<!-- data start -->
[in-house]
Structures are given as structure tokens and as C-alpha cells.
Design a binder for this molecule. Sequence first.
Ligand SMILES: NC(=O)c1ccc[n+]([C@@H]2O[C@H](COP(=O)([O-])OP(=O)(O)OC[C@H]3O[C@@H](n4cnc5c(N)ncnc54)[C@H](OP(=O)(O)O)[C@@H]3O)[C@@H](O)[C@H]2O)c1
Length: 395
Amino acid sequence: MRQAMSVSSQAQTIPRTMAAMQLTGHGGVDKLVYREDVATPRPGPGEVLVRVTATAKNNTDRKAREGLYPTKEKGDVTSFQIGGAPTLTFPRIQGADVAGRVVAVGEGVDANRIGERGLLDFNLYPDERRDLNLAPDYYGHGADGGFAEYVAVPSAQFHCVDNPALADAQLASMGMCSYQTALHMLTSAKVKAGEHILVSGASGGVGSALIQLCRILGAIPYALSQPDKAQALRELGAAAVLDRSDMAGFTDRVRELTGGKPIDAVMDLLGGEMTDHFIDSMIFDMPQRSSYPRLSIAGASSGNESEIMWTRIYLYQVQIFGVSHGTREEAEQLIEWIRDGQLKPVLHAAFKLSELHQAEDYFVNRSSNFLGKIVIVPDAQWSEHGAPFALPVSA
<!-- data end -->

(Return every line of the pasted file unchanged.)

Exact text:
[in-house]
Structures are given as structure tokens and as C-alpha cells.
Design a binder for this molecule. Sequence first.
Ligand SMILES: NC(=O)c1ccc[n+]([C@@H]2O[C@H](COP(=O)([O-])OP(=O)(O)OC[C@H]3O[C@@H](n4cnc5c(N)ncnc54)[C@H](OP(=O)(O)O)[C@@H]3O)[C@@H](O)[C@H]2O)c1
Length: 395
Amino acid sequence: MRQAMSVSSQAQTIPRTMAAMQLTGHGGVDKLVYREDVATPRPGPGEVLVRVTATAKNNTDRKAREGLYPTKEKGDVTSFQIGGAPTLTFPRIQGADVAGRVVAVGEGVDANRIGERGLLDFNLYPDERRDLNLAPDYYGHGADGGFAEYVAVPSAQFHCVDNPALADAQLASMGMCSYQTALHMLTSAKVKAGEHILVSGASGGVGSALIQLCRILGAIPYALSQPDKAQALRELGAAAVLDRSDMAGFTDRVRELTGGKPIDAVMDLLGGEMTDHFIDSMIFDMPQRSSYPRLSIAGASSGNESEIMWTRIYLYQVQIFGVSHGTREEAEQLIEWIRDGQLKPVLHAAFKLSELHQAEDYFVNRSSNFLGKIVIVPDAQWSEHGAPFALPVSA